1. not likely destroy the habitat of any living marine organism in the MPA;
  2. not interfere with fishing activities carried out in accordance with the Inuvialuit Final Agreement; and
  3. serve to
    • — increase the knowledge of the biodiversity, habitat and ecosystem function of the MPA,
    • — assist in the management of the MPA, or
    • — assist in evaluating the effectiveness of any measures taken to conserve and protect the MPA.
Commercial marine tourism and educational activities

Commercial marine tourism and educational activities would be allowed throughout the MPA if the activities meet the conditions outlined in the proposed Regulations and the Minister approves the activity plan. Specifically, these conditions are that the proposed activity

  1. will not likely result in the damage, destruction or removal of any part of the habitat of any living marine organism within the MPA;
  2. serve to increase public awareness of the MPA; and
  3. not interfere with fishing activities carried out in accordance with the Inuvialuit Final Agreement.
Cumulative impacts

The Minister must not approve an activity plan for a scientific research or monitoring activity, educational activity or commercial marine tourism activity if the cumulative environmental effects of the proposed activity, in combination with any other past and current activities carried out within the MPA, are likely to adversely impact the biological, chemical or oceanographic processes that maintain or enhance the biodiversity, structural habitat or ecosystem function of the MPA.

Deleterious substance

The Minister must not approve an activity plan for a scientific research or monitoring activity, educational activity or commercial marine tourism activity if any deleterious substance (within the meaning of subsection 34(1) of the Fisheries Act) may be deposited during the proposed activity, unless the deposit of the substance is authorized under subsection 36(4) of the Fisheries Act.

Timeline for approval

The Minister must approve or deny an activity plan within 60 days after the day on which the plan is received. Amendments could be made to the activity plans at any time by the proponent, after which, the Minister would again have 60 days to approve or deny the plan after the day the amended plan is received.

Studies and data

In order to assist in the continued conservation and protection of the proposed ANMPA, when an activity plan is approved, the person who submitted the activity plan would be required to provide the Minister with a copy of any study, report, other work, or data that results from the activity that is related to the conservation and protection of the MPA. A copy of the study, report or other work, and accompanying data would have to be provided to the Minister within 90 days of the completion of the study, report or other work. If the study, report or other work is not completed within a period of three years from the last day of activity, the person would be required to submit the data that was obtained from the activity to the Minister within 90 days after that period.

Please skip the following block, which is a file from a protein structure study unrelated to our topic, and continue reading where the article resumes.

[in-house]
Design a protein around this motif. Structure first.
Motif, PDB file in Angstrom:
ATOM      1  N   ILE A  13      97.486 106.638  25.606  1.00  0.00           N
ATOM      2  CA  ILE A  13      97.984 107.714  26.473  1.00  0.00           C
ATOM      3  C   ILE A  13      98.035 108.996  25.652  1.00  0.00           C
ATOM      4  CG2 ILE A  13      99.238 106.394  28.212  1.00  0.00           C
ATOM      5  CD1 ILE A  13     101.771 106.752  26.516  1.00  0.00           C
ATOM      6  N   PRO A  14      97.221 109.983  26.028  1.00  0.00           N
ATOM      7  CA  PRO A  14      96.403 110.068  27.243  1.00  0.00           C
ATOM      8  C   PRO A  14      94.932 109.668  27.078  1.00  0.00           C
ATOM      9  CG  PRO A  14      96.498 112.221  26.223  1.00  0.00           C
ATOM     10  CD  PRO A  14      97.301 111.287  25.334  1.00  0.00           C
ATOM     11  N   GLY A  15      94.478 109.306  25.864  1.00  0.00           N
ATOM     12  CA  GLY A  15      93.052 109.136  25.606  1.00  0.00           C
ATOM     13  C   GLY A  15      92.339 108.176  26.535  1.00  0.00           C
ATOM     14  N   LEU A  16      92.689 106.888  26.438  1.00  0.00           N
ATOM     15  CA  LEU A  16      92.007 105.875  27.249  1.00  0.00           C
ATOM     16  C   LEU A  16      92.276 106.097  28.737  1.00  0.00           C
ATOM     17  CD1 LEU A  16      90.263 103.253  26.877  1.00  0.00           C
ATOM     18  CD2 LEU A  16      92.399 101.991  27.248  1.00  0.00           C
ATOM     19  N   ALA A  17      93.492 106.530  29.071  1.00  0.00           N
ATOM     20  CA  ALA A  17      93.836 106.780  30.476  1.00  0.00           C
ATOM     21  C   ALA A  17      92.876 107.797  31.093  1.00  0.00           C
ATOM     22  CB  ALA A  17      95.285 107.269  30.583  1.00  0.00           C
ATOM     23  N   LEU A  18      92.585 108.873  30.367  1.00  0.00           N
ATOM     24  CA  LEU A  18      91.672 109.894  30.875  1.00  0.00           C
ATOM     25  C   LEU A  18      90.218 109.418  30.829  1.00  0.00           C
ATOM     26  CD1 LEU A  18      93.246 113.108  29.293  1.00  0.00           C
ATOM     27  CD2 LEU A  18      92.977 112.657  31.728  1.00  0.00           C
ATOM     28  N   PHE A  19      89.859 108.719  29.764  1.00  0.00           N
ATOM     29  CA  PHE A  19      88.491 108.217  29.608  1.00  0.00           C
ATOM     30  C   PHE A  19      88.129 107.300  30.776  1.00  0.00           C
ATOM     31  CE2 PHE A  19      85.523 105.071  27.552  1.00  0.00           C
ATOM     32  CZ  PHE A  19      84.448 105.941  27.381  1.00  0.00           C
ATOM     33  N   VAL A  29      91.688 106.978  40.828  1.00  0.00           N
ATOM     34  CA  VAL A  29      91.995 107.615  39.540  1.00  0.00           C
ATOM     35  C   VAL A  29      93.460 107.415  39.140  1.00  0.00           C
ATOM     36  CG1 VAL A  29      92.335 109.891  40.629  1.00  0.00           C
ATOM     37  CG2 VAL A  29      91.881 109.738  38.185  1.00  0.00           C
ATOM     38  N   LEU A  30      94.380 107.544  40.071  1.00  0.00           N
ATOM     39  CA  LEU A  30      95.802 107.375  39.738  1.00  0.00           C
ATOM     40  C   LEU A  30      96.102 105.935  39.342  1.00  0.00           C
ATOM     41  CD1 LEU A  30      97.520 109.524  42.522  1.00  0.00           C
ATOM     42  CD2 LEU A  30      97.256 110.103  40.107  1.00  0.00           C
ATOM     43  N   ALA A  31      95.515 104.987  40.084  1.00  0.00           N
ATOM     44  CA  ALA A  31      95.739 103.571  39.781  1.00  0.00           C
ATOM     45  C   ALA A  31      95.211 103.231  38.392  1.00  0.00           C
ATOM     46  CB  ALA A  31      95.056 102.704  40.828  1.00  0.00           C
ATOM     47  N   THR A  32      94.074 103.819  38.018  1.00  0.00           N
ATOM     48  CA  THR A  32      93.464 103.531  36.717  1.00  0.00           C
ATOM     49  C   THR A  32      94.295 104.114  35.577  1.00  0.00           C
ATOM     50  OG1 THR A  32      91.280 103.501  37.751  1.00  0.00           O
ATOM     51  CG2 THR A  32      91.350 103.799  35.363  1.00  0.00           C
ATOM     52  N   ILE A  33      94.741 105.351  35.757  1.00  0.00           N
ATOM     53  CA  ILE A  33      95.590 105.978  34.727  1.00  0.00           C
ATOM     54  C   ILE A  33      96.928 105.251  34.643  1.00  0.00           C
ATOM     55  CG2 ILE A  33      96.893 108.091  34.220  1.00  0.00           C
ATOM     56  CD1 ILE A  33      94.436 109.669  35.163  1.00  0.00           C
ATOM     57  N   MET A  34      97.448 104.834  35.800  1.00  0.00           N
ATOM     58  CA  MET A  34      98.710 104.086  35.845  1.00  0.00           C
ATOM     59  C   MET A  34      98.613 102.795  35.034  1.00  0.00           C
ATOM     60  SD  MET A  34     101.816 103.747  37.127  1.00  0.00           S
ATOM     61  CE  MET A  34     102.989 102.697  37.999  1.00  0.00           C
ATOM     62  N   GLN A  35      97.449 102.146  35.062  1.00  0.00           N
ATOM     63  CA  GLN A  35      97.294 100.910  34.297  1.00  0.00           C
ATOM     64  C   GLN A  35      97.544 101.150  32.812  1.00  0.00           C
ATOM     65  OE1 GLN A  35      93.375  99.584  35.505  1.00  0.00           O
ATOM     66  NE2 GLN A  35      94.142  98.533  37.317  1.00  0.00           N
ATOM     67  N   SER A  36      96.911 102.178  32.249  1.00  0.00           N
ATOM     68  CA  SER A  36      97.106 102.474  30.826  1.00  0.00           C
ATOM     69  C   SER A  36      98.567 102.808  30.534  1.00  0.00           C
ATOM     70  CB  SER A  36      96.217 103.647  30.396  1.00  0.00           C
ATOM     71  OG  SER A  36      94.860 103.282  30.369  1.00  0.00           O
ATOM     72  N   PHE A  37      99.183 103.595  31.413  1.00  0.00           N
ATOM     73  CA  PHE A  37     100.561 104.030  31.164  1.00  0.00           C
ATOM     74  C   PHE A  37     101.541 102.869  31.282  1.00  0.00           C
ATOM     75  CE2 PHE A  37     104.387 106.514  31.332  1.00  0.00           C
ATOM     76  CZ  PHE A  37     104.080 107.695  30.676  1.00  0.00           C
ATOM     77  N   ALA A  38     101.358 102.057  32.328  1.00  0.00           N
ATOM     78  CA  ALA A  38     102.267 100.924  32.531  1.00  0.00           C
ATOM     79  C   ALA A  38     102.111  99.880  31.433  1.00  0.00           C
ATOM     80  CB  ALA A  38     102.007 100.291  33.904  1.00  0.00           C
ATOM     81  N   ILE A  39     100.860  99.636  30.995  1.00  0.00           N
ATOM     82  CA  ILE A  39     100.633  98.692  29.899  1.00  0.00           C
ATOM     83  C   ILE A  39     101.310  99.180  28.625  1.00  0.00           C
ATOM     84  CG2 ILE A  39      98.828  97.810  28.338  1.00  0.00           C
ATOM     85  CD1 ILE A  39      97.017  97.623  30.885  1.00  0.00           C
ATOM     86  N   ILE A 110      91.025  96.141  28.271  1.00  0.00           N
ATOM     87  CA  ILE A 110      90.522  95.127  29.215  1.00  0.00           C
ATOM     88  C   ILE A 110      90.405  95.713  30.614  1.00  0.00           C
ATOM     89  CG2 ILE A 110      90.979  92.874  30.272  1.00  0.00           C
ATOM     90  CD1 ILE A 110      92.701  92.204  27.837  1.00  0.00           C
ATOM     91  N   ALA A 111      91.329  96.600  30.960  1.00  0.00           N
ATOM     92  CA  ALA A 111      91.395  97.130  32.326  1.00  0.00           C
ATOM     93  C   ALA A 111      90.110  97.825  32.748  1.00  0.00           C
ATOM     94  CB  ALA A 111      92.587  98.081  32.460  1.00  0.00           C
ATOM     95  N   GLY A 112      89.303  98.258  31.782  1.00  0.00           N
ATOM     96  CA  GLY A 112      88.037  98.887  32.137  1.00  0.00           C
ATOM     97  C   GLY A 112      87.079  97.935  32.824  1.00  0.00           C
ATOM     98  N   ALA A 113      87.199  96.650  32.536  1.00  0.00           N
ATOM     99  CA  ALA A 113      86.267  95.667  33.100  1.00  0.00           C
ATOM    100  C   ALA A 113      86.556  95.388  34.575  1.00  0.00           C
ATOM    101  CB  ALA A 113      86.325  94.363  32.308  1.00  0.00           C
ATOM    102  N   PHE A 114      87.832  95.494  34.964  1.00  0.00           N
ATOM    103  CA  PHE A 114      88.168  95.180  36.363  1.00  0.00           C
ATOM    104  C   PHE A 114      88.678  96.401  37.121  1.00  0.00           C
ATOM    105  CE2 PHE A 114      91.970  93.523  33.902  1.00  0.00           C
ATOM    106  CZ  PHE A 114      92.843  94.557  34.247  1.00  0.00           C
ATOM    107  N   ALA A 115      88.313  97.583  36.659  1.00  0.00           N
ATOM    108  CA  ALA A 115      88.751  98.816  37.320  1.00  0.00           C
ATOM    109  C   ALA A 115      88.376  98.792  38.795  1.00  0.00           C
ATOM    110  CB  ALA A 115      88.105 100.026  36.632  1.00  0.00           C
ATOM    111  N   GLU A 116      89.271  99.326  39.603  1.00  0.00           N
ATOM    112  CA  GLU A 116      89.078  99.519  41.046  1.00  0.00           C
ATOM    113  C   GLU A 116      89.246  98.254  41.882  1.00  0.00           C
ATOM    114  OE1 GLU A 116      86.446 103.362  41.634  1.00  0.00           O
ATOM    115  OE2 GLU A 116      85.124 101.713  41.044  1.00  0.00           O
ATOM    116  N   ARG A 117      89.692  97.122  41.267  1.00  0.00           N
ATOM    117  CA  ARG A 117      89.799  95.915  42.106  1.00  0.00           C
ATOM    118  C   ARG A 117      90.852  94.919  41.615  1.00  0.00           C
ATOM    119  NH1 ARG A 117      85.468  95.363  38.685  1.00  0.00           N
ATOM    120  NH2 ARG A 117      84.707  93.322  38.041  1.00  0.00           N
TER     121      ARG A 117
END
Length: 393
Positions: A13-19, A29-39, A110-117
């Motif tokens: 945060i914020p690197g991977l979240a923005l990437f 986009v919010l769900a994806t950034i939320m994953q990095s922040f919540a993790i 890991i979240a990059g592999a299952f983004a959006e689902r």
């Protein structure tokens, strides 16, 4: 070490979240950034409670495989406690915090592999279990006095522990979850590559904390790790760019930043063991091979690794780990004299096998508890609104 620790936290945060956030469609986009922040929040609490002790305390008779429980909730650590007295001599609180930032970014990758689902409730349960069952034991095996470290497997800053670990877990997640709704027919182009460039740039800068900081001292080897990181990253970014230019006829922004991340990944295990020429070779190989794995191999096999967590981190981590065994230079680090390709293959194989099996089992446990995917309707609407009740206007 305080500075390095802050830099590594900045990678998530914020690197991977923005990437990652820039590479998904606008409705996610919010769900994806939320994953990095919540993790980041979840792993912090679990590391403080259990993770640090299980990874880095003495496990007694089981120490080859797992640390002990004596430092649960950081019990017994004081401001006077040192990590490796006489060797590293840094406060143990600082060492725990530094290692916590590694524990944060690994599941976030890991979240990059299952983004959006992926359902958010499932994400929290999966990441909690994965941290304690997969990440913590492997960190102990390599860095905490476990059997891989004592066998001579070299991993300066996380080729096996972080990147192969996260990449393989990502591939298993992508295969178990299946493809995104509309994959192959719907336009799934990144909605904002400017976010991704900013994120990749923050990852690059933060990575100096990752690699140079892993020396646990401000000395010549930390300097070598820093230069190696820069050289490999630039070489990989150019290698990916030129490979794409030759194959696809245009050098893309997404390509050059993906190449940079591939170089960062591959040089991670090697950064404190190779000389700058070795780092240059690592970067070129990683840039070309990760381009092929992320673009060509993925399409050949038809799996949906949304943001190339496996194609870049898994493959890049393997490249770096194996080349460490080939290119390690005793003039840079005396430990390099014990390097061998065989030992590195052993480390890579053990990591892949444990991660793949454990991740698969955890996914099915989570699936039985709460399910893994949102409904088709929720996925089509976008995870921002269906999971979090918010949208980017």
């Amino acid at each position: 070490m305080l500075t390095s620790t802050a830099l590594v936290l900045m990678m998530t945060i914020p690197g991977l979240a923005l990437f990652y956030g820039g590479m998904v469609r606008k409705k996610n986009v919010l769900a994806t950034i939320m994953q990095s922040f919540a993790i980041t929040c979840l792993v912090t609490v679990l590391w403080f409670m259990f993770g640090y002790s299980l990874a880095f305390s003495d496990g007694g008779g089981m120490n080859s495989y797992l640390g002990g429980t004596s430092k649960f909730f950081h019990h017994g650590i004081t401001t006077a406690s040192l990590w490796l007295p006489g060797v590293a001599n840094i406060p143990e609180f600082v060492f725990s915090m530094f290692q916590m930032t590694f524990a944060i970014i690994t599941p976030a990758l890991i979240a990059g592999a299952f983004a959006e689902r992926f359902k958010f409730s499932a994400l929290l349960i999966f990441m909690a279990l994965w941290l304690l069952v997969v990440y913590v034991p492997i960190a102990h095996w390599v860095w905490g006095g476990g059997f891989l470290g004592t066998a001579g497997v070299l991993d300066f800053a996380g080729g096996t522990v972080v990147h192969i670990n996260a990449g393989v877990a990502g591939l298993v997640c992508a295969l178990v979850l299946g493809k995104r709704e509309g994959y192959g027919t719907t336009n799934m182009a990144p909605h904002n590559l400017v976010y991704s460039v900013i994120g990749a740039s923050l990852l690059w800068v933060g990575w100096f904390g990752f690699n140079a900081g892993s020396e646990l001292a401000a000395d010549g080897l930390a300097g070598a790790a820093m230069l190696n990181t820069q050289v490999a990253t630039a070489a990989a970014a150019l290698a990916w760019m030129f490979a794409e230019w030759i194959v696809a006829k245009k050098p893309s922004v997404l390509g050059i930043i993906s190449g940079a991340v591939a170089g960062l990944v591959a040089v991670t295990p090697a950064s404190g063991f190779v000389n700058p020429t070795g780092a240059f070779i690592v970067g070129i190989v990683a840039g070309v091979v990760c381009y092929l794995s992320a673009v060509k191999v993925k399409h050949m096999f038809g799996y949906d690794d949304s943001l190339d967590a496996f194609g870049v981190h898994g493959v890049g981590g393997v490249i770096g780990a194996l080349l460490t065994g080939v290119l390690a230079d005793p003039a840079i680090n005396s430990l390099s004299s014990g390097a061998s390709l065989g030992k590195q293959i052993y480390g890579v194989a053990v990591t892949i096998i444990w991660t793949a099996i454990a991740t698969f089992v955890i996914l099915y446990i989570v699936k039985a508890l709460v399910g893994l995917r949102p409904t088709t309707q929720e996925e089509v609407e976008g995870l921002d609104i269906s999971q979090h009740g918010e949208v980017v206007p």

Regulatory and non-regulatory options considered

There are currently a number of non-regulatory management measures that exist in the proposed ANMPA. These measures provide strategies and recommendations for the conservation and protection of certain species within the proposed ANMPA, as well as lands and waters adjacent to the community of Paulatuk.

For example, the Hornaday River (located outside the proposed ANMPA) was commercially fished from 1968 to 1986, but the fishery was closed in 1987 due to the decline in commercial catches. As a result, all potential commercial fisheries taking place in that area are advised to follow the strategies and recommended actions for the sustainable use of marine and coastal fisheries resources set out by the Beaufort Sea Integrated Fisheries Management Framework, (see footnote 8) adopted in 2014.

In addition to the existing fisheries management framework, the Beaufort Sea Beluga Management Plan (2013) provides guidelines and information to assist decision makers for the Beaufort Sea. This plan also identifies most of the proposed ANMPA as an area requiring protection for beluga whales, and makes recommendations for a number of marine activities. Similarly, the subsistence fishery of Arctic char has continued and has been monitored annually under the guidance of the Paulatuk Char Management Plan, a voluntary measure in place to protect the char population in the area that includes recommendations for harvest guidelines for the Hornaday River, as well as certain areas within the proposed ANMPA. It is important to note that the existing Paulatuk Char Management Plan and the Beaufort Sea Beluga Management Plan are aimed at a single species and do not address the protection of the ecosystem and habitats for all species in the proposed ANMPA.

The Paulatuk Community Conservation Plan is another voluntary measure aimed at conserving and protecting the land and waters adjacent to the community of Paulatuk (including the waters of the proposed ANMPA). The Plan also acknowledges areas within the proposed ANMPA as ecologically important and has given the areas the highest degree of protection.

Furthermore, certain marine activities may be regulated under provisions of the Fisheries Act, the Species at Risk Act, the Canada Shipping Act, 2001 and other federal legislation. However, the current level of protection and management fails to provide an appropriate level of comprehensive and enduring protection to the ANMPA ecosystem; therefore, the proposed Regulations are required in addition to the existing voluntary and regulatory mechanisms to ensure the long term protection of the highly productive area and important habitats for key species in the proposed ANMPA. A marine protected area designation is considered necessary to conserve and protect the area’s ecosystem from current and potential future pressures.